Manufacturing innovation driven by tackling a rare class-effect

For decades, CSL Behring has earned a reputation as a leader in innovation that is driven by its promise to deliver for the immunoglobulin (Ig) community. PRIVIGEN® is the first and only prolinestabilised 10% intravenous Ig, and HIZENTRA® was the first 20% subcutaneous Ig on the market.

As the use of Ig to treat an increasing number of medical conditions has grown considerably, the numbers of reported cases of infusion-related, clinically significant haemolysis (a rare side effect marked by the rupture of red blood cells and the release of their contents into the plasma) have also risen throughout the entire intravenous Ig (IVIg) class. For PRIVIGEN, this rise has been observed primarily in patients with blood type A, B or AB, and who are receiving the highest doses of Ig.

From the beginning, CSL Behring took an active role in addressing this side effect by studying IVIg–related haemolysis, raising awareness and implementing changes to reduce its incidence. IVIg contains antibodies against blood types A and B, also called isoagglutinins, derived from the donor plasma. It rapidly became clear that the antibodies, which can destroy red blood cells of these blood groups, are an important factor contributing to the risk of haemolysis.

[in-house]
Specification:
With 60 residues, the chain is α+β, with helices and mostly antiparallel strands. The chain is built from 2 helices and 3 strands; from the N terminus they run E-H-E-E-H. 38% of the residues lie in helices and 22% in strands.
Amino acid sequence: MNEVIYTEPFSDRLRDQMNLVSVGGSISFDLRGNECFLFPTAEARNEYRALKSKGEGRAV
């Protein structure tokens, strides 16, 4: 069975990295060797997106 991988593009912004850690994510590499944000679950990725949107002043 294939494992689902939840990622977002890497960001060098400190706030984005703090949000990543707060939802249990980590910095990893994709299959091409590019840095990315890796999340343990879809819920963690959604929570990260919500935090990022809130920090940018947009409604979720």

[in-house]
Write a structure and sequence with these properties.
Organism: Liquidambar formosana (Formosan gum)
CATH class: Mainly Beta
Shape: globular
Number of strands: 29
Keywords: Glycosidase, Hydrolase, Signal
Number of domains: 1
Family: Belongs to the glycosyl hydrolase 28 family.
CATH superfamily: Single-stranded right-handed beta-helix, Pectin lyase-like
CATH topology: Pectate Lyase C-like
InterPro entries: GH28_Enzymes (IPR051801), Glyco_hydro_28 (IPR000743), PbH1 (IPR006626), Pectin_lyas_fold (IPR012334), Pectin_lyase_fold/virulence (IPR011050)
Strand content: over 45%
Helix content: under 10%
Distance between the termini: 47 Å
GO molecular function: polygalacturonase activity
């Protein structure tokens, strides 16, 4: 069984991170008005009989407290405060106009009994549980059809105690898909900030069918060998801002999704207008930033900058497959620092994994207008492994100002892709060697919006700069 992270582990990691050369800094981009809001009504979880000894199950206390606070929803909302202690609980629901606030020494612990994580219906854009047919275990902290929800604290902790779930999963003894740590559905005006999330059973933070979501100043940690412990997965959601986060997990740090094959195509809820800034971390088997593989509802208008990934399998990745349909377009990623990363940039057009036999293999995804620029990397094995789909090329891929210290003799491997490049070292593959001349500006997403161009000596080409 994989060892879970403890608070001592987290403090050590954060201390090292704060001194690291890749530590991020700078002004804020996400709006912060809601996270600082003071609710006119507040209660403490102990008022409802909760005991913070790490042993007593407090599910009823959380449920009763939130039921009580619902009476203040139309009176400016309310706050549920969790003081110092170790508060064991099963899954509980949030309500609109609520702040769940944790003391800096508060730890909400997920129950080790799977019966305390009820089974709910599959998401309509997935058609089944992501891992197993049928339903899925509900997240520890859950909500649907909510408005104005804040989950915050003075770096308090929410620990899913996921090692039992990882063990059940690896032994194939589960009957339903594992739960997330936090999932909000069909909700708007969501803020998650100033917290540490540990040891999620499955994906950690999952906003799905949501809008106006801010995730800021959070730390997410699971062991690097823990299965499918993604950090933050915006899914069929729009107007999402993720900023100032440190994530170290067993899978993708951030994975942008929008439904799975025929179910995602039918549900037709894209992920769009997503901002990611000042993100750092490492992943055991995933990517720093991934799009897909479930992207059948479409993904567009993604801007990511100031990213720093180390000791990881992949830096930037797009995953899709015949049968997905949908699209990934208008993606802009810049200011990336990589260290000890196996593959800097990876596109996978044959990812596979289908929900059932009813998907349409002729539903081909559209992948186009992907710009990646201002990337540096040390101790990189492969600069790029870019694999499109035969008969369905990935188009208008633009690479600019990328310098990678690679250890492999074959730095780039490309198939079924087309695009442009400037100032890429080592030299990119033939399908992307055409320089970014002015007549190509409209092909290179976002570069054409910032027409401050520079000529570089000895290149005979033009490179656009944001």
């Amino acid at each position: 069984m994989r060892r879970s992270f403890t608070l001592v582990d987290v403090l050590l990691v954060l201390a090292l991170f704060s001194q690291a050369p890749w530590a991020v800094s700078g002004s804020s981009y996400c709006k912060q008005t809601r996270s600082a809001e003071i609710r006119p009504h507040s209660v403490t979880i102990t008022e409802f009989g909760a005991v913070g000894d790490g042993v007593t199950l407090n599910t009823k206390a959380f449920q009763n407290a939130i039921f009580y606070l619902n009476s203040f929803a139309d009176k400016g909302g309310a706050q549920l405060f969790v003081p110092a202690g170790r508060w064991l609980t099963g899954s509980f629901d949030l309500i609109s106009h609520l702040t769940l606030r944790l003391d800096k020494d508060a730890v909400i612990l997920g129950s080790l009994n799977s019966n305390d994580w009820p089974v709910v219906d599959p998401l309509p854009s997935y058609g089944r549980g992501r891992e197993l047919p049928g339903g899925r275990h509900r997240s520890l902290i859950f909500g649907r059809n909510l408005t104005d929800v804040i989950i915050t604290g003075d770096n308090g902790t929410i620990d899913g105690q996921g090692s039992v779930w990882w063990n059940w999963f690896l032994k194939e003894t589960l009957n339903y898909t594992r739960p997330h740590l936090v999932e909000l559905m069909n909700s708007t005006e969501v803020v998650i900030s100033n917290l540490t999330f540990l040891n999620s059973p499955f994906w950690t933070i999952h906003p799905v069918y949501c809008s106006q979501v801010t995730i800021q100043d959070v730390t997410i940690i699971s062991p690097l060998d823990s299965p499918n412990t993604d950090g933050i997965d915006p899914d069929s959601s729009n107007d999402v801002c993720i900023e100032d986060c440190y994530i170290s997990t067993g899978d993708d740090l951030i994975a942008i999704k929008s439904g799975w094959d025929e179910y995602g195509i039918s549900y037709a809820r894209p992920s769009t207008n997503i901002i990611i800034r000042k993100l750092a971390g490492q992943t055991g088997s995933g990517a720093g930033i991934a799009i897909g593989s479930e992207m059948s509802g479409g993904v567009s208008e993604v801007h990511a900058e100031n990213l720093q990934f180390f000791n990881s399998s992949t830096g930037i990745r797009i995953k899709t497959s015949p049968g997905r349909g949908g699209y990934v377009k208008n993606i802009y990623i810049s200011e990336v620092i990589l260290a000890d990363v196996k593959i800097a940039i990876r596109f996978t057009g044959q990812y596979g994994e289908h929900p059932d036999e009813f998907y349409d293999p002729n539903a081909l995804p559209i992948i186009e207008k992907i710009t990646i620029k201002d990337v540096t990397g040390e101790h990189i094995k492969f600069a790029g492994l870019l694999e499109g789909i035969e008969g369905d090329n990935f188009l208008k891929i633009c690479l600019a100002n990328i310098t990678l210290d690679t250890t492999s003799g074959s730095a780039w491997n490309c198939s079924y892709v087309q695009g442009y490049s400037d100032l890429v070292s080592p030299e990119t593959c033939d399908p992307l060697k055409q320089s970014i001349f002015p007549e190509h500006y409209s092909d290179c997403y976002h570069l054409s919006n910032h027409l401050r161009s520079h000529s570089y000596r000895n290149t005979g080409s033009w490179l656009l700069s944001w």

CSL Behring R&D scientists became engaged in proactively making specific changes at critical points along the production pathway for PRIVIGEN and HIZENTRA, immunoglobulin subcutaneous, in order to reduce the risk of haemolysis. That work resulted in an interim step of plasma screening for anti-A antibodies and is now culminating in the final step: the addition of Ig IsoLo®, an immunoaffinity chromatography (IAC) step, which is being embedded into production processes globally. This step is designed to lower anti-A and anti-B isoagglutinin levels specifically in Ig products.

The IAC step has been fully operational in both the Bern, Switzerland, and Broadmeadows, Australia, facilities as of December 2015, and the first lots of PRIVIGEN produced using this new process were shipped to the US. The IAC step has been approved by regulatory agencies in a number of countries, including the US, Europe, Canada, Australia and Switzerland. All PRIVIGEN shipped to these countries will be manufactured with the IAC step and as regulatory approval is obtained in other countries, the IAC step will be integrated into producing their PRIVIGEN.

Again in the forefront of the industry, this innovative production step could one day become standard for all immunoglobulin manufacturing.

Immunoaffinity chromatography is a method of separating biochemical mixtures based on a highly specific interaction between antigen and antibody